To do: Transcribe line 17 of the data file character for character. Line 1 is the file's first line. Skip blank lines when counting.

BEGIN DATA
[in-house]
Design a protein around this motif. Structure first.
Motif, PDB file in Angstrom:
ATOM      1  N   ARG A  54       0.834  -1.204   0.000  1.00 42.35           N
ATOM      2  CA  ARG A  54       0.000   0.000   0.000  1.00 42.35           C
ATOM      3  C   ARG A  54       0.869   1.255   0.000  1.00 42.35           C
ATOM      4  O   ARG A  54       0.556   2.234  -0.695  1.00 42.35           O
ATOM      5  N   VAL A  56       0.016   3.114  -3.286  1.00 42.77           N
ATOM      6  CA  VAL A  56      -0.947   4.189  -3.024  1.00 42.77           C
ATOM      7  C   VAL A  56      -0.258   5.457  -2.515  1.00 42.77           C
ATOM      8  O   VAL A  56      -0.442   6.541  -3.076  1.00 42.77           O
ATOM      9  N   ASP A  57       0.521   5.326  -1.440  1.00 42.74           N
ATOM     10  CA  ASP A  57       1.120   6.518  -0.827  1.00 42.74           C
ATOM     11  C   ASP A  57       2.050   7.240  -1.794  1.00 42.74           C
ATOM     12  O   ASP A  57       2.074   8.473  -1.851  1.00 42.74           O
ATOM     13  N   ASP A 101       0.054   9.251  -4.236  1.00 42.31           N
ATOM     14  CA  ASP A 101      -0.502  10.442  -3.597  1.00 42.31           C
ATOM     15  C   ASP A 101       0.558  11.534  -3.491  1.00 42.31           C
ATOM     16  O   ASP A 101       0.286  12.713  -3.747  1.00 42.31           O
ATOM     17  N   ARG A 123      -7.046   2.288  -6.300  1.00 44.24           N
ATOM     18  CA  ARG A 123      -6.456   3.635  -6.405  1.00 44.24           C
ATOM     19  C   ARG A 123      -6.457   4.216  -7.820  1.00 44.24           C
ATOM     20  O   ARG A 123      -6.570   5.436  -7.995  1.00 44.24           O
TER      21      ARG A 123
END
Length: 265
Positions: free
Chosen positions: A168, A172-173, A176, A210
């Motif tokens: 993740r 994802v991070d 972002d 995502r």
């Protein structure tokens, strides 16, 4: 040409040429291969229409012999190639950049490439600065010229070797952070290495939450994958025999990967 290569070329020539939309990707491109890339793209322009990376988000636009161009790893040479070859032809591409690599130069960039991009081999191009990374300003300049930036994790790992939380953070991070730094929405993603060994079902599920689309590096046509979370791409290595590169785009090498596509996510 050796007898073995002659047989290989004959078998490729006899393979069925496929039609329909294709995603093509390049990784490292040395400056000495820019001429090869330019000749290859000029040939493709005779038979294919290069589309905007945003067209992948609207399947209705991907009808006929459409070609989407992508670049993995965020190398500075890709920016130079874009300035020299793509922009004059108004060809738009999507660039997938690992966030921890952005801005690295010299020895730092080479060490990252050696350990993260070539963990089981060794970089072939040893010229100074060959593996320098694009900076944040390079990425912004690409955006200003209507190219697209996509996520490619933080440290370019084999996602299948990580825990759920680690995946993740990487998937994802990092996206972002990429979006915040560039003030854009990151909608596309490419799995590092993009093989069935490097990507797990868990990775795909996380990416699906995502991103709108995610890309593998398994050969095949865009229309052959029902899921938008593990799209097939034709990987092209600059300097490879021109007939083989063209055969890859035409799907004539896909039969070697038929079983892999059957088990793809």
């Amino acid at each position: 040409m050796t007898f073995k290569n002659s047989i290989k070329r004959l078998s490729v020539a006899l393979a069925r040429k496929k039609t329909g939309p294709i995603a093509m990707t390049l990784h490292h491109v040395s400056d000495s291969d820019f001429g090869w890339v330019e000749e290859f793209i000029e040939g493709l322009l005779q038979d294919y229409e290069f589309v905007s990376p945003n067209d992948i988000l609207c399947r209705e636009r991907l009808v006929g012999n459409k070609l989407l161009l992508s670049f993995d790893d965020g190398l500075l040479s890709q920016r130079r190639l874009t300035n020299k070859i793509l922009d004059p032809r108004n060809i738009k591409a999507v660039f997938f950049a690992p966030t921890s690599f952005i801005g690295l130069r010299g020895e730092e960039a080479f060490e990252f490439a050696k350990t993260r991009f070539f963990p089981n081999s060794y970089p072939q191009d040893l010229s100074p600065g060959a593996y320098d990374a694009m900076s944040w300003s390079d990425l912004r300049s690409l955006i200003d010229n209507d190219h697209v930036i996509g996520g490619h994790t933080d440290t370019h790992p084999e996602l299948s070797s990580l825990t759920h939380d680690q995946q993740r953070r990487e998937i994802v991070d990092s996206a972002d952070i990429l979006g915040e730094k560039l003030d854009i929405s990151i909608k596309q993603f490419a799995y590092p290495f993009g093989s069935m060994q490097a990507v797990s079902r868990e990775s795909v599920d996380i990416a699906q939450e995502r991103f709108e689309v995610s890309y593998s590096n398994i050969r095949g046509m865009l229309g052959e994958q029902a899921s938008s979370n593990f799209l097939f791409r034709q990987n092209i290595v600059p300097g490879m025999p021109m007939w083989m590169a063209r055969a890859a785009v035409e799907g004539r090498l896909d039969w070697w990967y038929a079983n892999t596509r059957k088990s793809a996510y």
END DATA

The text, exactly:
ATOM     14  CA  ASP A 101      -0.502  10.442  -3.597  1.00 42.31           C